Superhydrophobicity in the fight against ice
The build-up of ice on the wings and propellers of an aircraft, drone or wind turbine results in reduced lift or increased consumption. Ice formation may be actively and passively combated. It’s recently been shown that making the surface superhydrophobic in certain weather conditions can counteract this ice formation.
Ice build-up is a problem in many sectors and has consequences for the operation of all kinds of systems in various sectors, ranging from aviation to wind energy. Superhydrophobic surfaces could offer a solution here. A recent experimental study of the wettability effects on the dynamic process of ice accretion at the surface of a drone propeller showed that making that surface superhydrophobic under certain weather conditions can prevent this ice formation.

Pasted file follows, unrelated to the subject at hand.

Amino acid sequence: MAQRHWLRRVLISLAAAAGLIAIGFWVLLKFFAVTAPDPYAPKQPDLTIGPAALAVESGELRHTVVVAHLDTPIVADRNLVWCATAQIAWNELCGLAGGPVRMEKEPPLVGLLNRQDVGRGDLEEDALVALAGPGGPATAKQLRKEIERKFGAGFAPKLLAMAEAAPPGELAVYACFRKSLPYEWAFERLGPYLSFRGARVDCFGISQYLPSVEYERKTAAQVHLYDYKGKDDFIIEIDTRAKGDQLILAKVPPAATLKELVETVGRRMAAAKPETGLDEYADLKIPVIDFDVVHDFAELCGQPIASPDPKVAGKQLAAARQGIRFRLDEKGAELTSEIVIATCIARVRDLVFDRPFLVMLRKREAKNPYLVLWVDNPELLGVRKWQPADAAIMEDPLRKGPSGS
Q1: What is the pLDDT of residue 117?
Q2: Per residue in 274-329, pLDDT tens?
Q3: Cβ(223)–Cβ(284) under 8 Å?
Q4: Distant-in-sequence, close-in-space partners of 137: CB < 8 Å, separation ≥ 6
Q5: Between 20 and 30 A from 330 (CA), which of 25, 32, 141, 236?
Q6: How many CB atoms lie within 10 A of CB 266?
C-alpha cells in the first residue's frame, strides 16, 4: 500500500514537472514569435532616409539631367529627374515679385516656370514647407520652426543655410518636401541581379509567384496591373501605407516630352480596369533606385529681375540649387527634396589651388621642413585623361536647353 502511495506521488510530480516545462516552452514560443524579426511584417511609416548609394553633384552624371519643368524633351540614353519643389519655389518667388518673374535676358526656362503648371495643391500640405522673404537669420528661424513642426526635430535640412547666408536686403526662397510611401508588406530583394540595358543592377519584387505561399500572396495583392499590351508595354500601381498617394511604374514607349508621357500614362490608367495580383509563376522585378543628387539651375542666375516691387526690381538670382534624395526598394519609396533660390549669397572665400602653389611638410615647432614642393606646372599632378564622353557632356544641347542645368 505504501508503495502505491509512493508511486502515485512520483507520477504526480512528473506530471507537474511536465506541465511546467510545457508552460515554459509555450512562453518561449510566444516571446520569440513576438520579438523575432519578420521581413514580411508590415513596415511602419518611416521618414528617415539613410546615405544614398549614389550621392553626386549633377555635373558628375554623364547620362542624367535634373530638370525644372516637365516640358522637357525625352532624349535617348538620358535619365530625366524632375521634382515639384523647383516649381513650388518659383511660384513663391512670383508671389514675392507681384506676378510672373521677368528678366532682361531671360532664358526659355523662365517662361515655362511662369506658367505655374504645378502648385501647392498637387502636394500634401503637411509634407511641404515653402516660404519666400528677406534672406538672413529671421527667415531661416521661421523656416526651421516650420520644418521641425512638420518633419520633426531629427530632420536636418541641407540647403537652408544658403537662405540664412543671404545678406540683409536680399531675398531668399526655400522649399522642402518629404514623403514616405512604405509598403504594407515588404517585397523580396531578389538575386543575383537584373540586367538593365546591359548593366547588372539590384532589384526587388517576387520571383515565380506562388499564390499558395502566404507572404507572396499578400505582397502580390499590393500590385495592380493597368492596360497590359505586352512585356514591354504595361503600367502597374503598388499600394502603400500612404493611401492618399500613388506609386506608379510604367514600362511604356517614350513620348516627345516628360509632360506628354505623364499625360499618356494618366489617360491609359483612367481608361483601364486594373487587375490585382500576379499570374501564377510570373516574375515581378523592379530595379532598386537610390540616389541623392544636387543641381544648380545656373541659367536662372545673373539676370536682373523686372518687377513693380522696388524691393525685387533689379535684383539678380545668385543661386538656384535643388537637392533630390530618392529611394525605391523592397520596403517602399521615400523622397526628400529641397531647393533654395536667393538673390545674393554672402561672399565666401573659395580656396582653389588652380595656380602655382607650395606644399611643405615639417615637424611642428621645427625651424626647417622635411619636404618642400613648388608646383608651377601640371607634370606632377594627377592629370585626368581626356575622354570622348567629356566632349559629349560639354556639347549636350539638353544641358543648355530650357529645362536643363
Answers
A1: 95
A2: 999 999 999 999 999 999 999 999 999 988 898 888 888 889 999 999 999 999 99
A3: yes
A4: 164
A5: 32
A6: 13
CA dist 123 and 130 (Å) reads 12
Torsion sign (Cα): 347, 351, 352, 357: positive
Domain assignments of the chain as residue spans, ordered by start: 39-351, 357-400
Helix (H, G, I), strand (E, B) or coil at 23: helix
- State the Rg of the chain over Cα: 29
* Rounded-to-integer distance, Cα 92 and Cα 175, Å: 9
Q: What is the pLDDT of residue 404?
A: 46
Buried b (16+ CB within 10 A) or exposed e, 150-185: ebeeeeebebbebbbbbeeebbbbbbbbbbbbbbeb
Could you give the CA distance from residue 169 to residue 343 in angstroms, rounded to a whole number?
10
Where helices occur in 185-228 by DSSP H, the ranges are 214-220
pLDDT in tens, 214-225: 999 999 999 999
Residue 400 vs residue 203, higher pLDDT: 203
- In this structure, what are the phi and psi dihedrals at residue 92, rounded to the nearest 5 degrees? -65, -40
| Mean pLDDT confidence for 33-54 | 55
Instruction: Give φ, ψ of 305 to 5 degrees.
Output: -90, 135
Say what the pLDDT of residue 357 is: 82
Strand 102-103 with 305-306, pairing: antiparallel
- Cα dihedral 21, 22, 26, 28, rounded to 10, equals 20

The figure below shows the effect that a superhydrophobic surface versus a hydrophilic surface has on the ice formation on the drone's propeller. With a hydrophobic surface there is less ice accretion. This is due to the fact that the drops partially bounce off. The ice that still forms shakes off the propeller more quickly than on a hydrophilic surface.